Doppelganger Experiment author Margaret Millmore talks about her inspiration, her approach to writing and her plans for the future.
Why do you write? Is it something you’ve always done, or always wanted to do? Or is it something that you started fairly recently?
I’ve always made up stories in my head, but I never had the time to write them down. A few years ago the opportunity came up for me to write full time and I jumped at it. I’ve been going full steam since then.
Tell me a little about your book Doppelganger Experiment.
After more than four weeks in a coma, Jane woke up to find several things wrong; she didn’t remember the last three years, she was married to a man she didn’t know, and frightening dreams were infiltrating her sleep. But were they dreams or memories? As she struggles to recapture a life she doesn’t remember she discovers clues that lead to flashes of memories and the discovery of horrific experiments that end in murder… and something worse than murder. A psychological thriller based in San Francisco.
Are there any authors who inspire you?
Every book I read inspires me in some way, whether it be the story, the style or the author’s success. But I would have to say that Ray Bradbury, Stephen King and Dean Koontz have been very inspirational to me over the years (especially Mr. Bradbury).
How do you write? Do you make yourself write a certain number of words per day?
Unfortunately my schedule has been sporadic recently. Initially I set a goal of 6 hours per day to write and that worked out great in the beginning, but when Doppelganger Experiment was published I was thrown into the world of promotion and that takes a great deal of time, more than I ever expected. Now, I do my best to set aside at least 4 hours a day, it works most days, sometimes it doesn’t work at all. Life is full of surprises and unexpected events; I just roll with it and do my best to dedicate as much time to writing as I can.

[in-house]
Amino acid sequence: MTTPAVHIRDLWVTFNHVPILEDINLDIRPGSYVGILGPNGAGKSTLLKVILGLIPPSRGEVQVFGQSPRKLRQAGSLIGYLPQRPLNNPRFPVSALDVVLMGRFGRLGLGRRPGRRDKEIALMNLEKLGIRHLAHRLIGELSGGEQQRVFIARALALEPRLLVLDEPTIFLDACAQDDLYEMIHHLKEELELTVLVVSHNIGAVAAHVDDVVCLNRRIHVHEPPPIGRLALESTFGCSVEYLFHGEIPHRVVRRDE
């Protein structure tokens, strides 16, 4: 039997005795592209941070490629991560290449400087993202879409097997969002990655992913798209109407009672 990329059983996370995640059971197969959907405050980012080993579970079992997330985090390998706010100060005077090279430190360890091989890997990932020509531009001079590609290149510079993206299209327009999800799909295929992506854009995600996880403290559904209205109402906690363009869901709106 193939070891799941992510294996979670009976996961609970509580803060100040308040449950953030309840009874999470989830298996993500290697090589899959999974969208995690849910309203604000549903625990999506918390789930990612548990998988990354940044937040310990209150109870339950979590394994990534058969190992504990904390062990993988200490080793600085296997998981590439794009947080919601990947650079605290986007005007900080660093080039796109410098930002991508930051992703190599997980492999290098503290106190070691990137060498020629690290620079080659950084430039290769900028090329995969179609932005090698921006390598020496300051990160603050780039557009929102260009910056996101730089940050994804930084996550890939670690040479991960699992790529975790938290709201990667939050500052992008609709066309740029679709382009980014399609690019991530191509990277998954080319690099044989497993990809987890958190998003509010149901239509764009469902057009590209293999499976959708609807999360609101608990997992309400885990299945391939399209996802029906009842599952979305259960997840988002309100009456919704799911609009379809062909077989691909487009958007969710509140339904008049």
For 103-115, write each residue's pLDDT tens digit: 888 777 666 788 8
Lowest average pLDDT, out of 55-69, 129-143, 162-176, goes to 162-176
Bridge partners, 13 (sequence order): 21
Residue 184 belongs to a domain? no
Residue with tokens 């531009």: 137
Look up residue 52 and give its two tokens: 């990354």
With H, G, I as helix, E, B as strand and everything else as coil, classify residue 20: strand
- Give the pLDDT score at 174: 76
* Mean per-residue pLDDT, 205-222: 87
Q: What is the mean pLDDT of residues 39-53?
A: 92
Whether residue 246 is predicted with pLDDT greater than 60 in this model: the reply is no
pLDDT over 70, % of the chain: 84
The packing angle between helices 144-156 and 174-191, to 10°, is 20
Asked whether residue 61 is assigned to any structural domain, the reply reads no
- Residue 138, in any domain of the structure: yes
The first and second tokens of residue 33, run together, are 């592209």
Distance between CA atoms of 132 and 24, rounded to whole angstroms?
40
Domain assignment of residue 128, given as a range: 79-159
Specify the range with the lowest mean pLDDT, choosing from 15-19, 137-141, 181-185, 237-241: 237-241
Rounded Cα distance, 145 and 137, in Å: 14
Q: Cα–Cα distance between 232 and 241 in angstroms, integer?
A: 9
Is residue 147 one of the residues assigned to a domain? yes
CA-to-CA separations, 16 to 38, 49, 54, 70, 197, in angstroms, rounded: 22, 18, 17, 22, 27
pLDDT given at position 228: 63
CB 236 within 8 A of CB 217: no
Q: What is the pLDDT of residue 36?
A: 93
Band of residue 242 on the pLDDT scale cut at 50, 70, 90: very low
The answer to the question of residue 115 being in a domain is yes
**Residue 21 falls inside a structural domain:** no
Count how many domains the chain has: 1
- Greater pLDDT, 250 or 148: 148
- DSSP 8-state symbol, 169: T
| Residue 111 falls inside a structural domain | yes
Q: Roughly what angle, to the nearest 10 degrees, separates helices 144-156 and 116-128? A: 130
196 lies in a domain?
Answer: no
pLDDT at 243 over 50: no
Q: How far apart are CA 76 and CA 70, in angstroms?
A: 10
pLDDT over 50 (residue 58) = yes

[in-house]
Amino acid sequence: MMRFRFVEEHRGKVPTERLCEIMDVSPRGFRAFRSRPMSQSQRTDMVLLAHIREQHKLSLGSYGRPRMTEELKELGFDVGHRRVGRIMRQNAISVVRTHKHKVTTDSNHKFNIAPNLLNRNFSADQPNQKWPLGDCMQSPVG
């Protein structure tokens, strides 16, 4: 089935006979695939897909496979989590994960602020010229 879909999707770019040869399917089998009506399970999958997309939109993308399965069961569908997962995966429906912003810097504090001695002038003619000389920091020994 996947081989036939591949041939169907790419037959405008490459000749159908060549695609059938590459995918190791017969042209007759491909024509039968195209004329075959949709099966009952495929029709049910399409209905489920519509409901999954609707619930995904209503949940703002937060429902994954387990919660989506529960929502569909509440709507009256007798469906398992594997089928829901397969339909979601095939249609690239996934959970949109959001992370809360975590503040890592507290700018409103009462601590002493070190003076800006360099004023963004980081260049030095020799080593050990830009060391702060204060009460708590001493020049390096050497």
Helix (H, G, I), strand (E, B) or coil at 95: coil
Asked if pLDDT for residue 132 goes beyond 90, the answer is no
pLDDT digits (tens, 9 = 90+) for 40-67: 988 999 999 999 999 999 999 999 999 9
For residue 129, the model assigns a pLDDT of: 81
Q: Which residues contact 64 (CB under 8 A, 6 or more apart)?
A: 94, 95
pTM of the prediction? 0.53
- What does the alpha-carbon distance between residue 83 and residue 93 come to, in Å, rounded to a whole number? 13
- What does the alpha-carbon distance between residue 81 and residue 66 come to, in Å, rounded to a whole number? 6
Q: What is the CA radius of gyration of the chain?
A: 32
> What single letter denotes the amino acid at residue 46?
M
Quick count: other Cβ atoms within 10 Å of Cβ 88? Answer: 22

Did you try to get a conventional publisher or agent interested before you opted for self-publishing?
I spent close to a year sending out queries to agents, then publishers, it’s a daunting and downright depressing task. Finally I was picked up by a small press publisher (World Castle Publishing) and it’s been a great ride. Small press is a great deal like self-publishing in that you must do a lot of the leg work yourself, but the experience has been invaluable and I wouldn’t trade it for anything.
What goals have you set yourself? Do you want to sell a certain number of books in 2012? Is there some way you measure success, on your own terms?
Naturally I’d like to sell as many books as possible, but I haven’t really set any particular goals. At this point I’m focusing on my next book and of course doing what I can to promote DE.
How have you marketed your book(s)? Have you used social media (Twitter, Facebook etc)? Have you paid for any advertising (Facebook Ads, Google Ads etc)? And how did it go?
I do use social media (Twitter, FB, Gather, Goodreads, Google, etc.) I think these are great tools to get the word out, post reviews, promos, etc. I set a very tight budget for myself that included any fees associated with the publishing of my book (i.e. Website costs, copyright fees, books/postage for reviews, and advertising). I think it’s important to limit your expenses and use the free social sites that are available. And of course word of mouth is a great tool, be shameless and ask your friends and family to spread the word. I did join Bookbuzzr, which is a promo site that costs $4.99 per month and I paid for a radio interview on the Author Show to air for 6 months, other than that, I’ve just been using free sites to promote.
How have found KDP Select so far?
My publisher suggested KDP as a tool for promoting the book, we’ve done two free promo weekends and I think it helped.
Away from Amazon, have you had much luck with other outlets? Do you use Smashwords, Barnes & Noble etc?
Initially the book was available on Smashwords and B&N, but now that it’s on KDP, it’s exclusively sold there (in eBook). Honestly I can’t say if those initial offerings on other sites were successful, but my publisher feels that KDP has been good for sales.
Do you worry about Amazon gaining a monopoly in the ebook market?
Not really, they’re huge and I don’t hold that against them, they have an excellent reputation and obviously they know what they’re doing. But I think as the eBook market grows, other companies will give them a run for their money.
What’s next? Do you have anything new coming out in 2012?
I’ve completed the first draft of my new book; it’s another thriller with some sci-fi overtones. Because it’s in the early stages of editing, I don’t want to say too much. I am hoping to see it released this year though.
Margaret Millmore’s Doppelganger Experiment is available from Amazon, and in paperback from Barnes & Noble. You can visit her website, find her on Goodreads, follow her on Twitter, and find her on Facebook and LinkedIn.